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Credit Card Fraud
Even though it is a nonviolent crime, credit card fraud is considered a serious felony offense in Michigan, punishable by up to 10 years in prison and thousands of dollars in fines.
There are many different kinds of credit card fraud, from stealing someone else's credit card to withdrawing too much using your own card. As a result, it is important to speak with a knowledgeable Michigan credit card fraud lawyer if you are under investigation or have been charged with credit card fraud. Experienced fraud defense attorneys can help fight for your rights and freedom, and work to protect your reputation and finances.Michigan Credit Card Fraud Laws
According to Michigan law, credit cards fall under the category of "financial transaction devices," which also includes debit cards, rebate cards, gift cards, account numbers, PIN numbers, and electronic funds transfers.
For example, if a person stole someone's credit card, it would be punished the same way as if they stole a debit card or even just an account number. Using a stolen credit card to make purchases or draw out money is typically what people associate with credit card fraud, but fraud can also occur when a person:
- Opens a credit card in someone else's name without permission
- Uses credit card information to make purchases without physically having the card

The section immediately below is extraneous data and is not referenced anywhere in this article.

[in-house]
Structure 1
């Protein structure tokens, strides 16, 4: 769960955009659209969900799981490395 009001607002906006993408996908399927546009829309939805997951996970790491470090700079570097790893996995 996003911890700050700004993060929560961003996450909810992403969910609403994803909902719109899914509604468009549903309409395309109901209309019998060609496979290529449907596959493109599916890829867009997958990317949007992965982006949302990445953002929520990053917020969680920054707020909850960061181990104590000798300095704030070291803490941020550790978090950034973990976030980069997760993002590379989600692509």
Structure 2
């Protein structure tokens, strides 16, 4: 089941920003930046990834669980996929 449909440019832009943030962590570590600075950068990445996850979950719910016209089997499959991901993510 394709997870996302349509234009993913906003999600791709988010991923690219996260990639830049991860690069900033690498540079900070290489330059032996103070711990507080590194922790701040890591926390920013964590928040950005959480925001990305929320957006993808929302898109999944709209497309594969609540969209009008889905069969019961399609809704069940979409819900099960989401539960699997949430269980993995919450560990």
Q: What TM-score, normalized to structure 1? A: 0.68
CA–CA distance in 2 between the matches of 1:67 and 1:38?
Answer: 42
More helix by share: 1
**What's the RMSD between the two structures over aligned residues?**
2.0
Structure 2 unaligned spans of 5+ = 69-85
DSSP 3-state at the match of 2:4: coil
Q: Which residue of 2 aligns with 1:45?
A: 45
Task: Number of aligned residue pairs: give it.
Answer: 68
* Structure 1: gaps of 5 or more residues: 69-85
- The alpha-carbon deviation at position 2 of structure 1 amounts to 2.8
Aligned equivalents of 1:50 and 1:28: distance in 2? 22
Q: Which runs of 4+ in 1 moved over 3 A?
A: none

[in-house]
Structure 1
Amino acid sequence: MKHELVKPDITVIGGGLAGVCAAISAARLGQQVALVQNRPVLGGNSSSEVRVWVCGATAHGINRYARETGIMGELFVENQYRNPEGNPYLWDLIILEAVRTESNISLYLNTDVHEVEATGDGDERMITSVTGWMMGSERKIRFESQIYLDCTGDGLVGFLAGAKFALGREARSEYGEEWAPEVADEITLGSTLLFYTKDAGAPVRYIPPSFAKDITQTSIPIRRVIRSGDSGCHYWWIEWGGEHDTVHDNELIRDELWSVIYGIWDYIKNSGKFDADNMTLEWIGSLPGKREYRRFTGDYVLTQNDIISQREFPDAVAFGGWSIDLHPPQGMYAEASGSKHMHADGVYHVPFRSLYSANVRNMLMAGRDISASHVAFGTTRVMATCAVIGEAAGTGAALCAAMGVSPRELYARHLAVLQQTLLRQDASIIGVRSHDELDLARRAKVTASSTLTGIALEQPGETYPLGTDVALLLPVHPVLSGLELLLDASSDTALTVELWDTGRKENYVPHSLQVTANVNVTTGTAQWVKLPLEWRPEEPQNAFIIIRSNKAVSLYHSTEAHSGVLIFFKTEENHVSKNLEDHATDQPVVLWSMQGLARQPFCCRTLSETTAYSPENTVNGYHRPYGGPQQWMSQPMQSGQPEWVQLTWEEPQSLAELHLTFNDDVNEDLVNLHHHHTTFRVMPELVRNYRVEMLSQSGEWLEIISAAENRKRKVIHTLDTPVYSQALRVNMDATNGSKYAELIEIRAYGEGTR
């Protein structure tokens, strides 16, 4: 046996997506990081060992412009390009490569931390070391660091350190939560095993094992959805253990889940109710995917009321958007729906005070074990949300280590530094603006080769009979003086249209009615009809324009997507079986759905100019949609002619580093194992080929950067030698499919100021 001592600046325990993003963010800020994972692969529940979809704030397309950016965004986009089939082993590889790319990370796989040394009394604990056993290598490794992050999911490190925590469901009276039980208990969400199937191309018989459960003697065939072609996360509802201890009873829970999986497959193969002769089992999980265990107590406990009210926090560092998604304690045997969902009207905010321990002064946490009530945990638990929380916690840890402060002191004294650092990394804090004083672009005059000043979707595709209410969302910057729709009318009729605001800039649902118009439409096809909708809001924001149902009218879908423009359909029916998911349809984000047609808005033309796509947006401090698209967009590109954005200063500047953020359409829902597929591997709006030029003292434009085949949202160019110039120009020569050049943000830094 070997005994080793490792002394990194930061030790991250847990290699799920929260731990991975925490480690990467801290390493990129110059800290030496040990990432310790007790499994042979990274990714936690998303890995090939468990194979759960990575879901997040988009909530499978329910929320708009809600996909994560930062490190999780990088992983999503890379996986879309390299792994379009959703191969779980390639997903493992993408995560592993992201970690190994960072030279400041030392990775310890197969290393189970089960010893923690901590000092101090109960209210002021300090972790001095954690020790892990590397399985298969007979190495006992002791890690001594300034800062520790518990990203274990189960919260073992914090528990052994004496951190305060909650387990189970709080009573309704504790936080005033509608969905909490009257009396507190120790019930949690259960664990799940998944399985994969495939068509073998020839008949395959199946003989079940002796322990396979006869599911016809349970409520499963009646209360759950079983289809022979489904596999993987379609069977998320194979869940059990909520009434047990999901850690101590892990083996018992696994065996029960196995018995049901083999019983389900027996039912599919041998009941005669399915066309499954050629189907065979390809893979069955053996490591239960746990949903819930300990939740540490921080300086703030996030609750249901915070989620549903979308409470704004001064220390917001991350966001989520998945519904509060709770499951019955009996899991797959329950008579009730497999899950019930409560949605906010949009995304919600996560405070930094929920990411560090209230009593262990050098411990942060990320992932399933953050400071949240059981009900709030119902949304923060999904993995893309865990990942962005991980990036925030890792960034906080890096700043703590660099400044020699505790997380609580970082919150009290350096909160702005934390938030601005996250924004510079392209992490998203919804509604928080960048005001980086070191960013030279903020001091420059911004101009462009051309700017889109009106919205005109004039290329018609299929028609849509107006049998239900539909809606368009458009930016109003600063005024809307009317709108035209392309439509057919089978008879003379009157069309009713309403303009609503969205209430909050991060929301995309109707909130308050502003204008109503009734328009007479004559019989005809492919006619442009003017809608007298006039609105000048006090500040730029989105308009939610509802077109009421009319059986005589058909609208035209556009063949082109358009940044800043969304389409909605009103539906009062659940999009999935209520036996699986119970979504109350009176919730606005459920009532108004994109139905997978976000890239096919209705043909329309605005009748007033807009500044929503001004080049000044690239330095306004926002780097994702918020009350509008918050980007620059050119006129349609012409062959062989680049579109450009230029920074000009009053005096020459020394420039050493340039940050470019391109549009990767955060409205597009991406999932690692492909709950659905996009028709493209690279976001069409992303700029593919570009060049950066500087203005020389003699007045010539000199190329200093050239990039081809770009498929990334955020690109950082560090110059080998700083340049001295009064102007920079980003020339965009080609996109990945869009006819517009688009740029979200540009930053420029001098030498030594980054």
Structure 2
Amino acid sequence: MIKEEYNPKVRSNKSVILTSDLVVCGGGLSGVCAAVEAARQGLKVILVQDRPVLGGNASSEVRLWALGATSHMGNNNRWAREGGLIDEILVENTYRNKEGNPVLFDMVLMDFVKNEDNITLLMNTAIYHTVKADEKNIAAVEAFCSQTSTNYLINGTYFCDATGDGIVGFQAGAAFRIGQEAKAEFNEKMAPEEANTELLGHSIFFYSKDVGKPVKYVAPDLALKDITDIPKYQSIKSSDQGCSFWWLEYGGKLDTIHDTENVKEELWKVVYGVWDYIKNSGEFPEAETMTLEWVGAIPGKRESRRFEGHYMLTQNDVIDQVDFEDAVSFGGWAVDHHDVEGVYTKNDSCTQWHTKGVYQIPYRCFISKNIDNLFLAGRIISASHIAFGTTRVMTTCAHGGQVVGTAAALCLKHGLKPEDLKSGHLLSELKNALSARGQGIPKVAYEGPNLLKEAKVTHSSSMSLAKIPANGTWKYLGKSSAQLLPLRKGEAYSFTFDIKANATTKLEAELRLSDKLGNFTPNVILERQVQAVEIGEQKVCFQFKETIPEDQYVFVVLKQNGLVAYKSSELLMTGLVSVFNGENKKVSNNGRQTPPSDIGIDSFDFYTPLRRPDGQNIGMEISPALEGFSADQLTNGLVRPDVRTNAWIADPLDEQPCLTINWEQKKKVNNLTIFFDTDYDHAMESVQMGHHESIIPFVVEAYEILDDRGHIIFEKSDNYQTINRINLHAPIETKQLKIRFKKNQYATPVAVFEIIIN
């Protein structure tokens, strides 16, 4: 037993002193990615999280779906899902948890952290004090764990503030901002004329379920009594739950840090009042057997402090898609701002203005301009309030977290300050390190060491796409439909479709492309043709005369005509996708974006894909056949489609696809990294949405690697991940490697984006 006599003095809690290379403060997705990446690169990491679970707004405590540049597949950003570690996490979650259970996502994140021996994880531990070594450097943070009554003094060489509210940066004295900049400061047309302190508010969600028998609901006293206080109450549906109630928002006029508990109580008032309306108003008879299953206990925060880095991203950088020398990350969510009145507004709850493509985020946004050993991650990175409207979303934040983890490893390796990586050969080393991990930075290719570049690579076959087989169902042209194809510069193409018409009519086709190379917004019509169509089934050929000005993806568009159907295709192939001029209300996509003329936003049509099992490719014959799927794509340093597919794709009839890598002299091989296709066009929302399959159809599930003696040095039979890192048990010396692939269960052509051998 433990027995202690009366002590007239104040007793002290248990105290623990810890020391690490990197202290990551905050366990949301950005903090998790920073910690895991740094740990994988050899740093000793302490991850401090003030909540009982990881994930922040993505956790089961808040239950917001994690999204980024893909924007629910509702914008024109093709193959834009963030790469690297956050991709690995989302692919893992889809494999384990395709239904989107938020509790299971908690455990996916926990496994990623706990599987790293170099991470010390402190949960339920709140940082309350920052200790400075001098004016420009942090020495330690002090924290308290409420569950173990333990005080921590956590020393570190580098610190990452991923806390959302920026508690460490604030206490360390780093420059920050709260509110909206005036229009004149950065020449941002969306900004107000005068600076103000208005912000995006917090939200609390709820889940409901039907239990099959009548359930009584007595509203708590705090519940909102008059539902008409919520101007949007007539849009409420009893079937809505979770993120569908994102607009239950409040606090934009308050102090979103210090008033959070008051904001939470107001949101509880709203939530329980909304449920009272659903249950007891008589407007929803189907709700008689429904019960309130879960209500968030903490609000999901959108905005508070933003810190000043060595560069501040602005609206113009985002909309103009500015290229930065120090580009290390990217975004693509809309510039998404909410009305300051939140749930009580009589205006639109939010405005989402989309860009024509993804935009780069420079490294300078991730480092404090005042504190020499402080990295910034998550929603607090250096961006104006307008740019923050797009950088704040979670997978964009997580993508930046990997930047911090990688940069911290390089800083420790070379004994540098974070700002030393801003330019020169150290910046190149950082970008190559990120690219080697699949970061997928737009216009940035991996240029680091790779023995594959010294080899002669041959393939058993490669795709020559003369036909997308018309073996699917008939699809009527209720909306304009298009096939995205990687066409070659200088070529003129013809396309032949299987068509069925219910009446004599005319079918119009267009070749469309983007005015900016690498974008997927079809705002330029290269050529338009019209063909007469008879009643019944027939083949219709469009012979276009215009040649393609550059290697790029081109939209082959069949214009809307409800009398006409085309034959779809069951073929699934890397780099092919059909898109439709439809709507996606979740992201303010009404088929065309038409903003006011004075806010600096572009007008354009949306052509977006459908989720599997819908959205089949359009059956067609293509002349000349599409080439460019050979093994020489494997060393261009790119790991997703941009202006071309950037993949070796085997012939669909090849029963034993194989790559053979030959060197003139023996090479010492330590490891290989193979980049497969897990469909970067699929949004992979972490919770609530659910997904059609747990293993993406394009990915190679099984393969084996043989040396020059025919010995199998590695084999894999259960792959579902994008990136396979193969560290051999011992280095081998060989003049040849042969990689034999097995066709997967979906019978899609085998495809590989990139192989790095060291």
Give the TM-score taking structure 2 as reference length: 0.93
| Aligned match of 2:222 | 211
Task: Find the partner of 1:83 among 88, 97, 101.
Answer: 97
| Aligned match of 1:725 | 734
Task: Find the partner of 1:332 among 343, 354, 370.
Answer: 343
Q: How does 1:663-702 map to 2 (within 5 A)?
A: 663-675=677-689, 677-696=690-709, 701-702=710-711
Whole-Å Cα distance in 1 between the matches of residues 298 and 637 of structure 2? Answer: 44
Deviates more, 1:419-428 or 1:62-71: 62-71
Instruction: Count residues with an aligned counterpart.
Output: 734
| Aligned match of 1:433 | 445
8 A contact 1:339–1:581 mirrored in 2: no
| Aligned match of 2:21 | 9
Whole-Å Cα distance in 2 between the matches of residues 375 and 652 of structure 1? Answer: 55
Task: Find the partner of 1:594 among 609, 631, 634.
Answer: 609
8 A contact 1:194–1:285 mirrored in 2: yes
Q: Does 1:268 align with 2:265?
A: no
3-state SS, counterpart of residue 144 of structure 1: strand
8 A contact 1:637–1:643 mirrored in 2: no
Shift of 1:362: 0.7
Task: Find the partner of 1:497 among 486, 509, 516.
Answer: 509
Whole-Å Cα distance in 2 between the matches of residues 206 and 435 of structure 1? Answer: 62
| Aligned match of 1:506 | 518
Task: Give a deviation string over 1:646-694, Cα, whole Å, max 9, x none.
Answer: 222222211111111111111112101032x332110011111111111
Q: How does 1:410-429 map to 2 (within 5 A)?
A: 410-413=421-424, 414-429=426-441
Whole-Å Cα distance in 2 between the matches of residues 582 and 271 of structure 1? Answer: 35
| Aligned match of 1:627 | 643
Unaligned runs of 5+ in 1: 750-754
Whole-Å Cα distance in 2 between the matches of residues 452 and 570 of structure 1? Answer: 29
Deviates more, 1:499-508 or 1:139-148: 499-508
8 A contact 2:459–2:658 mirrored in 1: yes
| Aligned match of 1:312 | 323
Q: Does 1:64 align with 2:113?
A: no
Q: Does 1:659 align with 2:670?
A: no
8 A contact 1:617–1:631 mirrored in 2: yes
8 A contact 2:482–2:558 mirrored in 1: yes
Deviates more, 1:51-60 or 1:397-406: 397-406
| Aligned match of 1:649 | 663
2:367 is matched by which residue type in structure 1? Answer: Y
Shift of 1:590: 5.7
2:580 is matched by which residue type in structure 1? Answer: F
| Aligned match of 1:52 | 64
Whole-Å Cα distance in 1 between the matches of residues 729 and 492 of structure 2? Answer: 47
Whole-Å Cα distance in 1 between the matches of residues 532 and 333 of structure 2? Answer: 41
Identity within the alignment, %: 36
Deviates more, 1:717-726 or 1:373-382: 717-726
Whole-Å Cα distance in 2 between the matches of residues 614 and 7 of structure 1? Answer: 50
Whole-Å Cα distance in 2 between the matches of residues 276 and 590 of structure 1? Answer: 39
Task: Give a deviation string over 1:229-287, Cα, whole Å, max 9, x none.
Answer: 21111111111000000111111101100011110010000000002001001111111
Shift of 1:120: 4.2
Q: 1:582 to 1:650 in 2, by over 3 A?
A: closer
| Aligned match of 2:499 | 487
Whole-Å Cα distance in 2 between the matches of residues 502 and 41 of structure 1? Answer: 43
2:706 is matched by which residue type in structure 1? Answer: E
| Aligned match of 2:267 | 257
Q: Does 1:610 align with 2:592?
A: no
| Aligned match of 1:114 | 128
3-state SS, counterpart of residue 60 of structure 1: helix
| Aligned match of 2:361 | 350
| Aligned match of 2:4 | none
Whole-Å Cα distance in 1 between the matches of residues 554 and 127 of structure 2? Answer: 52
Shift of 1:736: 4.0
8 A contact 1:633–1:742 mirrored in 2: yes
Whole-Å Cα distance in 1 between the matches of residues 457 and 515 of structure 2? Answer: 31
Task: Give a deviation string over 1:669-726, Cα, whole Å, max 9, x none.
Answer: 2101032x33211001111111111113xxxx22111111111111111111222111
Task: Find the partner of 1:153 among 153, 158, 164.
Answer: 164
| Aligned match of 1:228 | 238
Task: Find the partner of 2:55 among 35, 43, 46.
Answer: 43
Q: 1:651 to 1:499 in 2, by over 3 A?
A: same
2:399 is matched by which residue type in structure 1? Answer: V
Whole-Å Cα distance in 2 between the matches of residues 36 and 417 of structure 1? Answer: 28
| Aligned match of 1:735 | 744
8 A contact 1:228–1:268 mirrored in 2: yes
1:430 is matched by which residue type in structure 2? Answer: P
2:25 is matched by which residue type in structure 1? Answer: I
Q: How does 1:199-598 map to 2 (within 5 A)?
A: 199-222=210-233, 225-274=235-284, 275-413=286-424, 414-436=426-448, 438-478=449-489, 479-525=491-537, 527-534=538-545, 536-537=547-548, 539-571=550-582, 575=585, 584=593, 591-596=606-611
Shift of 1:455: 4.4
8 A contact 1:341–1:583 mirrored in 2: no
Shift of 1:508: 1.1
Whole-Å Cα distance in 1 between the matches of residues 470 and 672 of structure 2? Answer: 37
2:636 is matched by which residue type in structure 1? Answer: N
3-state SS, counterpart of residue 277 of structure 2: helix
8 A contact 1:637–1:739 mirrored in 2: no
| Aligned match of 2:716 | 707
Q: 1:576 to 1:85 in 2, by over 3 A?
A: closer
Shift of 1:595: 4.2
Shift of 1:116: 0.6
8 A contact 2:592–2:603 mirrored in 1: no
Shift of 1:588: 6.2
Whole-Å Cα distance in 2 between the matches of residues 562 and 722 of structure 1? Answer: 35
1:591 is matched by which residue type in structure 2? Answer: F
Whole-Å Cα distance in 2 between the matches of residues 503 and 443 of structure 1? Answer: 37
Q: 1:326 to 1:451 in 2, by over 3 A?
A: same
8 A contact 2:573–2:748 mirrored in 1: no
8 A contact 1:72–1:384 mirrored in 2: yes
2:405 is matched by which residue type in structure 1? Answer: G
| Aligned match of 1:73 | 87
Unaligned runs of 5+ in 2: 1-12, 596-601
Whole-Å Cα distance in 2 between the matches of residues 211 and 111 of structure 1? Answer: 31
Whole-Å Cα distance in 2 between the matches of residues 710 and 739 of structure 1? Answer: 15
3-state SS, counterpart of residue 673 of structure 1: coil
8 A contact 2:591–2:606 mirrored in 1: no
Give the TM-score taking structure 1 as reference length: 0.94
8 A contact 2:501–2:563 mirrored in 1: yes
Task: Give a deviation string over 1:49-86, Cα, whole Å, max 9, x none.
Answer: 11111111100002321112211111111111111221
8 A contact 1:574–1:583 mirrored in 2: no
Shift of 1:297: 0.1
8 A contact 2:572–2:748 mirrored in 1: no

- Improperly uses their own credit card
- Creates a fake credit card or alters an existing one
- Knowingly using a canceled credit card
In some cases, a purchase is not required for it to be considered credit card fraud. Simply having someone's stolen or fake credit card in their possession could be enough to lead to fraud charges.Potential Penalties
Credit card fraud is typically charged as a felony in Michigan, but in some cases, it may be considered a lesser misdemeanor offense. The penalties someone could be facing for credit card fraud depend on the circumstances of their case. For example, it is a felony in Michigan to:
- Steal a credit card or possess a stolen, altered, or fake credit card
- Use, deliver, or sell a stolen credit card
- Make a counterfeit credit card
- Sell goods or render services to someone that they know is involved in credit card fraud
- Use a fake identity or commit identity theft to obtain a credit card
These offenses are punishable by up to four years in prison and $5,000 in fines. Other credit card crimes—like someone withdrawing or transferring funds that exceed their credit card's limitations and intentionally using a canceled card—can be charged as either a misdemeanor or a felony, depending on the amount of money involved in the crime. Penalties for these offenses range from less than 100 days in jail and a $500 fine, all the way up to 10 years in prison or $15,000 in fines.Contact a Michigan Credit Card Fraud Lawyer
Facing criminal charges can be daunting. That is why if you have been charged with credit card fraud, you need an attorney who understands the intricacies of fraud laws in Michigan and is dedicated to helping you achieve the best possible outcome. Let a Michigan credit card fraud attorney help you today.